There’s something beautiful happening over in the Trustus Side Door Theater right now, and I’m afraid you’re going to miss it. Director Chad Henderson skillfully brings us The Brothers Size, part two in the Brother/Sister plays by Tarell Alvin McCraney. Part One, In The Red and Brown Water, was performed on the mainstage at Trustus last season and also directed by Henderson. Each play in the trilogy is linked, but can also easily stand on its own. This particular production is a gem, the kind of show that leaves you feeling like you’re a little bit better off for having seen it; your eyes now wider and your heart a little more open. It’s theater at its best and it’s happening in your city.
From the moment I walked into the intimate Side Door Theater, I felt like I was transported to the Louisiana Bayou. The sound of cicadas fill the air, and butterflies in illuminated jars (tap on one and you’ll get a surprise) rest on simple but effective stage pieces designed by Kimi Maeda (a JAY visual artist nominee for 2015). The lighting design by Chet Longley and the sound design by Baxter Engle effectively complete the scene.
The seating is in the round and in this case that means you are part of the stage. There is something magical about being so close to the performers. The energy exchange between the actors and the audience takes things to another level, especially with actors as talented as these. The characters in the play are named after and based off of deities in the Yoruba religion, which originated primarily in southwestern Nigeria. Ogun Size (Jabar K. Hankins) is a hardworking mechanic who shows tough love to his troubled younger brother Oshooi Size (Christopher “Leven” Jackson) who has recently been released from prison. Oshooi’s friend and ex-cellmate Elegba (Bakari Lebby) is the unknown quantity that sets the play in motion. All three actors are skilled, passionate, and do excellent work here. The raw emotion in Hankins' eyes broke my heart in such a beautiful way, another benefit of being in such an intimate space. The actors tell a highly relevant story to our contemporary moment, examining confinement, freedom, loss of innocence and family. As I stood to leave I don’t think there was a dry eye in the house. Henderson has created a very physical, very alive piece of work. He has a unique perspective and a talent for creating moments where music and movement come together harmoniously. He and his cast create a story rich in rhythm and beauty.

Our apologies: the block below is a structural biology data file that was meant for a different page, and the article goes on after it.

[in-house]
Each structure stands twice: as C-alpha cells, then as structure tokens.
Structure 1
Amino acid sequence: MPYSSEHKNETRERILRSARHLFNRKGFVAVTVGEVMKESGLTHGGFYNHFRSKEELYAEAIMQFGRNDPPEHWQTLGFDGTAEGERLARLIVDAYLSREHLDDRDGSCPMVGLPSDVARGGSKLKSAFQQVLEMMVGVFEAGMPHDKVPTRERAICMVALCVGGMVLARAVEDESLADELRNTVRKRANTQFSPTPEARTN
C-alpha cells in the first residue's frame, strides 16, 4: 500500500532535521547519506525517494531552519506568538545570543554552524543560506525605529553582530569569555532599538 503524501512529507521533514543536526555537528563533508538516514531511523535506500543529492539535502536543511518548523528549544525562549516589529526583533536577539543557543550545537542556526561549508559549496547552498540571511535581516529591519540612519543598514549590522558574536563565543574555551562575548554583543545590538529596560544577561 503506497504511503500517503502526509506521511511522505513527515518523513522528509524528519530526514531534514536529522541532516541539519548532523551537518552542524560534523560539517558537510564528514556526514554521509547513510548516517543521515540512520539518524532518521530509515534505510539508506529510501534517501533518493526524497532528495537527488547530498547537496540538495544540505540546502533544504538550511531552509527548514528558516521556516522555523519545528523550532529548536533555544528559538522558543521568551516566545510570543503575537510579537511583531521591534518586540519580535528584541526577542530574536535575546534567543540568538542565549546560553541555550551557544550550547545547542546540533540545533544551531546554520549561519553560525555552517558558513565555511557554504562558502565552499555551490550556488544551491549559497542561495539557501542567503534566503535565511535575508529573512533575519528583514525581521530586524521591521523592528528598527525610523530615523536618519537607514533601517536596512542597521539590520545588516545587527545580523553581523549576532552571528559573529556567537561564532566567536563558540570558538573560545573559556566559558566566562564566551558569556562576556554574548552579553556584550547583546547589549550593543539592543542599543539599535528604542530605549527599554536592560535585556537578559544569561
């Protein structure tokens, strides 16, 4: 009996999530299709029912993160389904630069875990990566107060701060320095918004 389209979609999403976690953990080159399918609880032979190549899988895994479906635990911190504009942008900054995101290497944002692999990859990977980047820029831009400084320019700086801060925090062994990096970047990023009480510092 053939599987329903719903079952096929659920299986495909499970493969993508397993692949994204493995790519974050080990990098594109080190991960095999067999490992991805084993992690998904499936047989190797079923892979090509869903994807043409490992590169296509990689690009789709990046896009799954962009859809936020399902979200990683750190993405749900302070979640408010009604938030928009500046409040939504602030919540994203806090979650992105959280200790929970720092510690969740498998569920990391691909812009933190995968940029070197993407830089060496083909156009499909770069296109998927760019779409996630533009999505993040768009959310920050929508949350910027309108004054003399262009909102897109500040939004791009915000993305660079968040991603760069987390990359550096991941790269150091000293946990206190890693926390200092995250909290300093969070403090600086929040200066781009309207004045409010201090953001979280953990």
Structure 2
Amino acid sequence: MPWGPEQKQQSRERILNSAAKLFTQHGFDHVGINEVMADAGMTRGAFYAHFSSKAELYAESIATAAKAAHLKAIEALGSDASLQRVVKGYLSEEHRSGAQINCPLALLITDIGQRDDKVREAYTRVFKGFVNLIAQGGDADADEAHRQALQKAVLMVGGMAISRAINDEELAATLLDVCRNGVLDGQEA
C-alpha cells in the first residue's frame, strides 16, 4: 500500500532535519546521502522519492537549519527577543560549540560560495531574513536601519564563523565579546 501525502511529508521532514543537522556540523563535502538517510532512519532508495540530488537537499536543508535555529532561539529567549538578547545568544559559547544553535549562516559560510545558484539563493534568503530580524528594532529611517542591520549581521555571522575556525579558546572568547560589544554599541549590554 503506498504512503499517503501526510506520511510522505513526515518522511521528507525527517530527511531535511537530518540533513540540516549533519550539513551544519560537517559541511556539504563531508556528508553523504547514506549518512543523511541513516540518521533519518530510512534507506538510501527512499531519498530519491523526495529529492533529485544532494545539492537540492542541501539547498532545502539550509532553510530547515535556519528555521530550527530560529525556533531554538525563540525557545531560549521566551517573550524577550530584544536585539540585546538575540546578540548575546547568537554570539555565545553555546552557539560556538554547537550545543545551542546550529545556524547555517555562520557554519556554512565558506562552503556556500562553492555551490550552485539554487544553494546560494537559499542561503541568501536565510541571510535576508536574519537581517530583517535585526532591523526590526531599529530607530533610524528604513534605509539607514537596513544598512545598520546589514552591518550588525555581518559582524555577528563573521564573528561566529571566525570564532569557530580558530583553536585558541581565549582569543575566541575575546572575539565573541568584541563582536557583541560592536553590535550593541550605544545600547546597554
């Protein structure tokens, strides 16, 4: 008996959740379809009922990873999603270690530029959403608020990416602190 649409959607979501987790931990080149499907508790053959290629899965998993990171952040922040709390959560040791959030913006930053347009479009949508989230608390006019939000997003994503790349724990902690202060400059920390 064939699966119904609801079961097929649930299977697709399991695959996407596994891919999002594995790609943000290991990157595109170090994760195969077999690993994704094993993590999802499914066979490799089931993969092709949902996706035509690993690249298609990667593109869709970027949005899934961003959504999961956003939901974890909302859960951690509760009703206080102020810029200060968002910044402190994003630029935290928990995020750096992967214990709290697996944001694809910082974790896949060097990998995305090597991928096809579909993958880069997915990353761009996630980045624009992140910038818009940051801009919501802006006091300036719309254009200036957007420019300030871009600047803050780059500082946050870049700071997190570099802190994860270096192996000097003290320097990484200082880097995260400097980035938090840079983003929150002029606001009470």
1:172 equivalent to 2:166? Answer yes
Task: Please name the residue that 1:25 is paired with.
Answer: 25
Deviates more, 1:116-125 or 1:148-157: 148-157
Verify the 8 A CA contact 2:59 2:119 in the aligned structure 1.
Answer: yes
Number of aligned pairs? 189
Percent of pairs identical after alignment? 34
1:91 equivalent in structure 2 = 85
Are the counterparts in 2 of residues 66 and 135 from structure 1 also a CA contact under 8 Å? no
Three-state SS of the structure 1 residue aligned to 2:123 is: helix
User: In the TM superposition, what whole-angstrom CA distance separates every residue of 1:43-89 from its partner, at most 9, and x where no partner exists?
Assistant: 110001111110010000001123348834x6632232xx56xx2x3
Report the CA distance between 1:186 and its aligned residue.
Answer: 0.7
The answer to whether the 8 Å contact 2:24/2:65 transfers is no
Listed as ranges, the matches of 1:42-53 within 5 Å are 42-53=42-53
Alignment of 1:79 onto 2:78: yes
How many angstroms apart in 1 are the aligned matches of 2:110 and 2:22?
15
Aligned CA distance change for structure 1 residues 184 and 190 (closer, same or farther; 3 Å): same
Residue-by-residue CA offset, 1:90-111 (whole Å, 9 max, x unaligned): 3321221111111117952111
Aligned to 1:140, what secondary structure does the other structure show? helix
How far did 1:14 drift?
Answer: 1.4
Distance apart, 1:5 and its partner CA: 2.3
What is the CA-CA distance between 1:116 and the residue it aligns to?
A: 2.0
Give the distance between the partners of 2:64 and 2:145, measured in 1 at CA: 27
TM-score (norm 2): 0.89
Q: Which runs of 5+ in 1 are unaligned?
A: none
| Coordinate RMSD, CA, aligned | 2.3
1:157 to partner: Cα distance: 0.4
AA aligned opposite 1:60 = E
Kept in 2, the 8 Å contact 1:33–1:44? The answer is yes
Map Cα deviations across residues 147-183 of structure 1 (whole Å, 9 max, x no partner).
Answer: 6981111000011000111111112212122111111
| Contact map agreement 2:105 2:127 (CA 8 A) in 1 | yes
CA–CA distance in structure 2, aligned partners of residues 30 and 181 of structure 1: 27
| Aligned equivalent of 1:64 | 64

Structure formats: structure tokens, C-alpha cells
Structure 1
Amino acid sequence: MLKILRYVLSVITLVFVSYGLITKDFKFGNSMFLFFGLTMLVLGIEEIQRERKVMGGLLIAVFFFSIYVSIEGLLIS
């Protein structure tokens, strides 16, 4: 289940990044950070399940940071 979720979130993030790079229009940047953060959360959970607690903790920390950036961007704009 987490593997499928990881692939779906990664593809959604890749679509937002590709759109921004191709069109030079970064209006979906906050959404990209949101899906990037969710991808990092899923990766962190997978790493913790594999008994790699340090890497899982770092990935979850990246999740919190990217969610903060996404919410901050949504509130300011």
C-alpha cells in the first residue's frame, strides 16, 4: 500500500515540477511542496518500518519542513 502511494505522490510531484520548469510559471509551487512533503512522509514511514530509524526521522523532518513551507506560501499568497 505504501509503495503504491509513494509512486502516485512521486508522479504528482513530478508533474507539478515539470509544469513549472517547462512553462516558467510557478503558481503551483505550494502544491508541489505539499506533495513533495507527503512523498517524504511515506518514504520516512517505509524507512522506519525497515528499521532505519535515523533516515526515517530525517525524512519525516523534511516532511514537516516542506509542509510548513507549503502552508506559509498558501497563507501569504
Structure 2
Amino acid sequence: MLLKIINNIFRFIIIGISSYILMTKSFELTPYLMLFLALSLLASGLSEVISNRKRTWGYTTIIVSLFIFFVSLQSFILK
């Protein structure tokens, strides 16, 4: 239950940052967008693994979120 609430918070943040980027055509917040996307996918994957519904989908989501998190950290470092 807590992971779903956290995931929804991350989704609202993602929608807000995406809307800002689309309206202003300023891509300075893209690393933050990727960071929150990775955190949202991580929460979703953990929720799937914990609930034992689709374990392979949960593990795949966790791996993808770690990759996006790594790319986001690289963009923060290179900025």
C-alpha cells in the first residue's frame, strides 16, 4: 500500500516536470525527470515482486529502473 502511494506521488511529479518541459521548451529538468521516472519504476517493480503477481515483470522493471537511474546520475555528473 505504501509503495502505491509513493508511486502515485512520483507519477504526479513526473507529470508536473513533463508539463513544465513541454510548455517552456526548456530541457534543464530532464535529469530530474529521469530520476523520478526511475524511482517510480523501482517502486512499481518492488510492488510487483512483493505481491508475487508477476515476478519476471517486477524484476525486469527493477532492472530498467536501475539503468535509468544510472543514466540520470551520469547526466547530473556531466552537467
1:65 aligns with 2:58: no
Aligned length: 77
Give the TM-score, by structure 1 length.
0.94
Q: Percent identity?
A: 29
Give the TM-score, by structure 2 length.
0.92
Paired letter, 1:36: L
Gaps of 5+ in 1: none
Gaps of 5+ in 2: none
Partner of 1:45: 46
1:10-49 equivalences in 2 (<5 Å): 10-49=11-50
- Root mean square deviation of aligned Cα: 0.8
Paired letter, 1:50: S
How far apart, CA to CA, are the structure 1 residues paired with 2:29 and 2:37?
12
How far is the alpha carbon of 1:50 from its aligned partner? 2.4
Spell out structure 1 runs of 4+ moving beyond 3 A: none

I urge you to go see this show, not only because it is good but because if we support it then we can have more things like it. And I, for one, want more things like it. Get your tickets now; the show runs through October 31st.